September 2, 2003
As we continue these columns dealing with the use of telephones in the early days of this community, here are a couple of footnotes provided by readers:
Elizabeth Treeman Willems remembers hearing about the association of her grandfather, Mr. L.D. Treeman, with Mr. E.D. Nims, along with some other Perry men, who helped establish the first tele¬phone exchange in Perry not long after this area was opened to settlement. The company eventually became known as the Pioneer Telephone and Telegraph Company, and still later it was the Arkansas Valley Telephone Company. Mr. Nims stayed with the phone company as it became part of Southwestern Bell. He eventually prospered, but Elizabeth says her grandfather apparently chose to go his own way and did not enjoy the financial success of his associates.
I have a copy of the 1909 directory of the Pioneer Telephone and Telegraph Company and it shows that Mr. Nims was then president of the company. John M. Noble was listed as vice president and general manager, E.E. Westervelt was a secretary-treasurer and Arthur Whorton was auditor. The manager was J. Higgins and the local exchange was in the Hainer building (telephone 305). Mr. Treeman had telephone number 4 at his residence, 1020 K Street. Elizabeth says that number stayed in the family many years. My maternal grandparents, Mr. and Mrs. Albert Bucklin, had a phone at their variety store on the north side of the square (number 61), but no residential phone. My Dad's City Drug Store, also on the north side of the square, had number 110 in 1909. The store still had that number when it closed for business in 1940.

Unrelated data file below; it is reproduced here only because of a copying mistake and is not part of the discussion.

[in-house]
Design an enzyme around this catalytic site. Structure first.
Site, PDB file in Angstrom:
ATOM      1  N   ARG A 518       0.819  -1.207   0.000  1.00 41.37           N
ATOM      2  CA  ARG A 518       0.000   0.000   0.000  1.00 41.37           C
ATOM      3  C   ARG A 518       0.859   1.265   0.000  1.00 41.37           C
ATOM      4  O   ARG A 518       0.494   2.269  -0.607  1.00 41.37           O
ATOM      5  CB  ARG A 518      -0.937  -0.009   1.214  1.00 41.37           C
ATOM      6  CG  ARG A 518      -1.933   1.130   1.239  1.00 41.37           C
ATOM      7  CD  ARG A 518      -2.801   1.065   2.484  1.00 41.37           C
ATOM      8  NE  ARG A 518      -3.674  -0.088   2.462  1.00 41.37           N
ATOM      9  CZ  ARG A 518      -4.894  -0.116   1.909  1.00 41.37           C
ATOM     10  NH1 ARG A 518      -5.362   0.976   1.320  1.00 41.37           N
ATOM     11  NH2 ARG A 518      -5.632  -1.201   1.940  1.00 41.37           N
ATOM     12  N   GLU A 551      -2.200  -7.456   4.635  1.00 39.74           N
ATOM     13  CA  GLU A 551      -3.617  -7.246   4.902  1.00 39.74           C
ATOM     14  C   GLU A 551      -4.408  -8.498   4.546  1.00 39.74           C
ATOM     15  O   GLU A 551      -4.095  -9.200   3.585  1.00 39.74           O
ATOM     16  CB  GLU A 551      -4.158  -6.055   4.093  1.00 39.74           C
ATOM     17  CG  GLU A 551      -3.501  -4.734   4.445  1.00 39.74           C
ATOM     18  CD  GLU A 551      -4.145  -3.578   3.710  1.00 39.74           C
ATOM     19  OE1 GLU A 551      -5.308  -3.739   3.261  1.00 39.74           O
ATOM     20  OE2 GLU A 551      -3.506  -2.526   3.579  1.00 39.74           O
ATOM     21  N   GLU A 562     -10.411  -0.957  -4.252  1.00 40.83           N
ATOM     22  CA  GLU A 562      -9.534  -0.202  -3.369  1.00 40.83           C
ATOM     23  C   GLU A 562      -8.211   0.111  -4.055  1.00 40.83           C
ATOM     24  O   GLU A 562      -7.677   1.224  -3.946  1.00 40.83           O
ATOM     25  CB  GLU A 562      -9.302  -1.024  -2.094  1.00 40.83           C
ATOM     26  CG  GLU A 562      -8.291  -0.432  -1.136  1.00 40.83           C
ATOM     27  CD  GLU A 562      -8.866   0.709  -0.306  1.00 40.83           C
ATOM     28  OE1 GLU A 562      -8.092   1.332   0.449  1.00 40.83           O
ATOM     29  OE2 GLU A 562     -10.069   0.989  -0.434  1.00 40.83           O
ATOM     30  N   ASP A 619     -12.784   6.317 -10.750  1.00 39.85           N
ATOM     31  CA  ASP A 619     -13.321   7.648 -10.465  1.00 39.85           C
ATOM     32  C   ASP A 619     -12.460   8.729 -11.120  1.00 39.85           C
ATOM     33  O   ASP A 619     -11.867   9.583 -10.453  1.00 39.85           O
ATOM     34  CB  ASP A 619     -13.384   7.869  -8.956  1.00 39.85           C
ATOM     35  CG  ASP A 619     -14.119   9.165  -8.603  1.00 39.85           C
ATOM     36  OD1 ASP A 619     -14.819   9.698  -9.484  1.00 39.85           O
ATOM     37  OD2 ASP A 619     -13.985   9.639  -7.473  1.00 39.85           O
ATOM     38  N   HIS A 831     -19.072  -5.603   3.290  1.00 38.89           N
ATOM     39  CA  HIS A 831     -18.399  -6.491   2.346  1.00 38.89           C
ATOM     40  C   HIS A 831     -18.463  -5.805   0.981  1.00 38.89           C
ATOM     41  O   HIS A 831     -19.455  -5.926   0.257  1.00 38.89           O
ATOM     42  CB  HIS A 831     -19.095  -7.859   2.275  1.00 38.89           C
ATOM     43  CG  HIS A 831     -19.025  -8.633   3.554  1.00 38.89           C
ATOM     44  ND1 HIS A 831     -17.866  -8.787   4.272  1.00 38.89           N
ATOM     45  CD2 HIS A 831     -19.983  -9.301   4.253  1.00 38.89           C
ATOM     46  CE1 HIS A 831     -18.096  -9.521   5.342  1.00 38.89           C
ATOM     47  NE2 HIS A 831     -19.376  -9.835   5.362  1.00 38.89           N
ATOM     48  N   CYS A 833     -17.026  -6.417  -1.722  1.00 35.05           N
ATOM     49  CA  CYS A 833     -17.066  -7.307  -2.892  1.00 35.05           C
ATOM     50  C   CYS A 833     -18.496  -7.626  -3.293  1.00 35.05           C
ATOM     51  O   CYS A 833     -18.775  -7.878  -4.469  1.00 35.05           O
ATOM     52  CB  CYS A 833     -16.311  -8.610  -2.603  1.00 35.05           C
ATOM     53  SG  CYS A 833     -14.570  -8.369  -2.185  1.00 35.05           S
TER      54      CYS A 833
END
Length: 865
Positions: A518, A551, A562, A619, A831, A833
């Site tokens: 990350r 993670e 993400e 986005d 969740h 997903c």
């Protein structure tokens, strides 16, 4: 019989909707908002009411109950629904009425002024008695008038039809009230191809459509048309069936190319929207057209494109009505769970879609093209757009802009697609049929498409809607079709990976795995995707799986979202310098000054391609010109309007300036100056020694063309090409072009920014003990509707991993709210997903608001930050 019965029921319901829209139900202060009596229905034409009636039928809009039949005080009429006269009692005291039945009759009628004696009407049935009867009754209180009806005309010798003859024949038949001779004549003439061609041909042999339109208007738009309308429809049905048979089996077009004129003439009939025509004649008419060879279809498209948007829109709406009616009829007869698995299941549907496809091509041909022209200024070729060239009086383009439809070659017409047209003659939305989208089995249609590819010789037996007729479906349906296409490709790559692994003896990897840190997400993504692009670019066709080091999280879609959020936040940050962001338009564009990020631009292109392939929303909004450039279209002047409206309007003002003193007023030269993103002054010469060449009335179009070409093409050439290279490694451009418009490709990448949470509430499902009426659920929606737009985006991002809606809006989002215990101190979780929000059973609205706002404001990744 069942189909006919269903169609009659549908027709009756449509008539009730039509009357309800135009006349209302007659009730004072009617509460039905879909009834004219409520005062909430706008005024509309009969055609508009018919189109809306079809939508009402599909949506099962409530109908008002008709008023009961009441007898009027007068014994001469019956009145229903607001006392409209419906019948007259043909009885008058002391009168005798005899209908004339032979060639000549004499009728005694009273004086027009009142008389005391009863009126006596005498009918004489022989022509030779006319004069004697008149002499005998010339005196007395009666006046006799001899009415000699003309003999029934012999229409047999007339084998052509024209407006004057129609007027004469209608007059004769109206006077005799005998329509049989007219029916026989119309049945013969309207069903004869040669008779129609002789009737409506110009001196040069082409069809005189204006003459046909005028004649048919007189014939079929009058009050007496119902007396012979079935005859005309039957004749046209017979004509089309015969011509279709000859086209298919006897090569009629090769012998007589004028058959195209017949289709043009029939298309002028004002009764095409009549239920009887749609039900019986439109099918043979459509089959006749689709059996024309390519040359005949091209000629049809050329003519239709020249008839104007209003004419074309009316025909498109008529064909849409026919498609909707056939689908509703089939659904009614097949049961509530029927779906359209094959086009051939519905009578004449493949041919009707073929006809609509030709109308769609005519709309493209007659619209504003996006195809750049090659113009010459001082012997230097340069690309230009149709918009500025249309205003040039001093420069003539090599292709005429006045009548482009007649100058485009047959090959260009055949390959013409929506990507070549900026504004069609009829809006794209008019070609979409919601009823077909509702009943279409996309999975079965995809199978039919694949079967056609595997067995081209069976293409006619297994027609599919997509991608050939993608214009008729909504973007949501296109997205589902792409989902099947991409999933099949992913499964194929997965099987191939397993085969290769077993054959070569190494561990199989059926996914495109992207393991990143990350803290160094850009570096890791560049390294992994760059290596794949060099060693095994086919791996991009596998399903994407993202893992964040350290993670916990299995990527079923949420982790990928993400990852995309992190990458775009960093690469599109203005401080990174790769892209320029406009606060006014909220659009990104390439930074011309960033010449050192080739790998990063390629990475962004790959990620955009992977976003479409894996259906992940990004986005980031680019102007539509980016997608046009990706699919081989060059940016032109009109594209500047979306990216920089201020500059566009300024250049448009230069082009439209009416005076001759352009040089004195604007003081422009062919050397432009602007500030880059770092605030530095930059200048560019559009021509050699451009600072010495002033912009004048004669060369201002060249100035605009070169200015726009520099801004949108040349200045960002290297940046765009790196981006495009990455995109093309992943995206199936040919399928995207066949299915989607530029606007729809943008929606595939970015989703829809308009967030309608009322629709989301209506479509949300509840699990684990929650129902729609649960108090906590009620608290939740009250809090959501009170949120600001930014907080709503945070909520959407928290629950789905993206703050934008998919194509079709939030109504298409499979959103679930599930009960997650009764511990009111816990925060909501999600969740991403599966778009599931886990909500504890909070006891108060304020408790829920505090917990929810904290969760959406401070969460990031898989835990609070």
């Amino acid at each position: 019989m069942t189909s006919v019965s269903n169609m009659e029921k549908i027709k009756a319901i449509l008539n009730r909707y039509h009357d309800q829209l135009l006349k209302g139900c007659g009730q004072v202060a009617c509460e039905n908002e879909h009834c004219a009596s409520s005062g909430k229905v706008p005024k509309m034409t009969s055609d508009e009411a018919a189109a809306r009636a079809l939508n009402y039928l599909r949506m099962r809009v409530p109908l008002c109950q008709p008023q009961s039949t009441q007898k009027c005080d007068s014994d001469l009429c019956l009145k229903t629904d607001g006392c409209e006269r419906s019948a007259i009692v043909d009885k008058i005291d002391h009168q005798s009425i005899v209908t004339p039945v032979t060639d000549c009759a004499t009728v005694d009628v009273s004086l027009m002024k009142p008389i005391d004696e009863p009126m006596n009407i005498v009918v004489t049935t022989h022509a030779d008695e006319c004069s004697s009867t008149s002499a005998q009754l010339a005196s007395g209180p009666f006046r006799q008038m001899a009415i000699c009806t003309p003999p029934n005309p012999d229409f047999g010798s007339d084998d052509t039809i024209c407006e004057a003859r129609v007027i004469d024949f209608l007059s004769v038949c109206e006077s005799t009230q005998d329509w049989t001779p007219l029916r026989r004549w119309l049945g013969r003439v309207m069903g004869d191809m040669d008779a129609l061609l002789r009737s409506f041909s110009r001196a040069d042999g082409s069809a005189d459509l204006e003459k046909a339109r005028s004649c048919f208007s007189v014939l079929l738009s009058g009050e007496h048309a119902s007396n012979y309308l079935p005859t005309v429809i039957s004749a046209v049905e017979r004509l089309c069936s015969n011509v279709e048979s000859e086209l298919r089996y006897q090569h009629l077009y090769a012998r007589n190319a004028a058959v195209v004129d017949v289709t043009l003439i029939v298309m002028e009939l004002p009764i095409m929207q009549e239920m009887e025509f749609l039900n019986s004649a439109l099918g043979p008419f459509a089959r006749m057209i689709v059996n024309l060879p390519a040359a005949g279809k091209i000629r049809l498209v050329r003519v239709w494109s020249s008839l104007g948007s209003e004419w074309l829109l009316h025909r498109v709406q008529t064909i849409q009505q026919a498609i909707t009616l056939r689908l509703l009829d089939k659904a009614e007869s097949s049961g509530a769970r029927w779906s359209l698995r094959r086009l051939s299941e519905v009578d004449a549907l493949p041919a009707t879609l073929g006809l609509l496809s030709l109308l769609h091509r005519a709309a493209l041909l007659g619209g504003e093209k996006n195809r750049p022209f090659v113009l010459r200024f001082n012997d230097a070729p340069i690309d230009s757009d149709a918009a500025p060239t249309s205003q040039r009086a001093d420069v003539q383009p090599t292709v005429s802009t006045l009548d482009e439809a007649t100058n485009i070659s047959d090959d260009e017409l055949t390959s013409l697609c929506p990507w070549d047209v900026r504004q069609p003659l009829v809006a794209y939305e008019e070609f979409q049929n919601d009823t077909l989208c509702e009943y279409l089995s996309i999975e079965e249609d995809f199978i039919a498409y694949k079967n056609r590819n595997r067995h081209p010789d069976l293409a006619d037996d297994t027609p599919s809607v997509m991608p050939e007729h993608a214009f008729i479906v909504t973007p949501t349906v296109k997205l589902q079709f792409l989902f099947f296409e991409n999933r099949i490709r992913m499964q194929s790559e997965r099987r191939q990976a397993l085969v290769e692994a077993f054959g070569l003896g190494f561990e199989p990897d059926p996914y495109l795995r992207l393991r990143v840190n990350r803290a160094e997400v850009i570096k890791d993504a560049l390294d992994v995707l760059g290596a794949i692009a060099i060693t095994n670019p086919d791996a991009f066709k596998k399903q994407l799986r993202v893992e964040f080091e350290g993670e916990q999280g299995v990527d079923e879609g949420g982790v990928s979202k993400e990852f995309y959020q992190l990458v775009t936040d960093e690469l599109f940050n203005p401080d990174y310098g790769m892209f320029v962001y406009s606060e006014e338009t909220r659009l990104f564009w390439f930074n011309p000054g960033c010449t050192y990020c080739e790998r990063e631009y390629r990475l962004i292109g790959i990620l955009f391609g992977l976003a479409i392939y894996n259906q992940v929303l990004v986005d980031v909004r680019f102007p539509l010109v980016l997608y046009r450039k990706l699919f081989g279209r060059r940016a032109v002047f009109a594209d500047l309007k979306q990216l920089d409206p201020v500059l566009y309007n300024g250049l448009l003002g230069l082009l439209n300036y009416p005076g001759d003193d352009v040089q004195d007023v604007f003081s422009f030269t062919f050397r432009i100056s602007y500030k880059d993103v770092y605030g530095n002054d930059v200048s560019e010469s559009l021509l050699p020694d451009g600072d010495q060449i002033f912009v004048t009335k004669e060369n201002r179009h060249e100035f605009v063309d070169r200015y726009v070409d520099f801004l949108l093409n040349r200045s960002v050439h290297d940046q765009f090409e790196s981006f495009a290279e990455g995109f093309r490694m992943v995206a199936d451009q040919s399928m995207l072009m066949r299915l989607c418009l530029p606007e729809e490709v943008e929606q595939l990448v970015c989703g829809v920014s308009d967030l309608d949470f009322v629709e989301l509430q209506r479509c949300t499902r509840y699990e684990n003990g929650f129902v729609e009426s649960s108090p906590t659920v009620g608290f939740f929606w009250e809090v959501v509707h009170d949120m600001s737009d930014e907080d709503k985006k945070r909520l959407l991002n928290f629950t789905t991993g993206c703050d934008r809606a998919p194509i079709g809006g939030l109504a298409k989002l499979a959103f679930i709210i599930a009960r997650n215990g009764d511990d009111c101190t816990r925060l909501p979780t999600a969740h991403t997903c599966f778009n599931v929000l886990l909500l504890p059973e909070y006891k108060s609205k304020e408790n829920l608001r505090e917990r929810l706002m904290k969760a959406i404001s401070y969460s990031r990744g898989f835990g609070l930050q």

The directory had only a few pages, and several of them were taken up with "Rules for Good Service." The book admonished phone users to speak slowly and "be brief but courteous." It also called attention to its "information" service, advising users to ask for that "When you can't find the telephone number you want, or to get answers to any questions regarding subscriber's names, numbers or addresses." Years later Southwestern Bell operators also provided the correct time of day or night upon request. That was when we had actual operators at the switchboard, and not the automated systems that accompanied the use of dial phones.
Friend Don Stoddard has this recollection. Don writes: "While reading about the early day phone system in Perry in your column, it rang a bell that I had read somewhere else about Perry and its early day phone service. It finally dawned on me that it was in Roy P. Stewart's book, Born Grown. Quoting from page 156: The Arkansas Valley Telephone Company began operation around Perry in 1897. The Arkansas Valley firm brought out a number of smaller firms and in 1902 became the 'Pioneer Telephone Company.' Then Pioneer moved into Oklahoma City and was later absorbed by the Bell Telephone Company."
I appreciate these sidelights and I am pleased to pass them on to you. There's still more to be said about Perry's early telephone system, so please be watching for additional columns on this subject from time to time in the near future.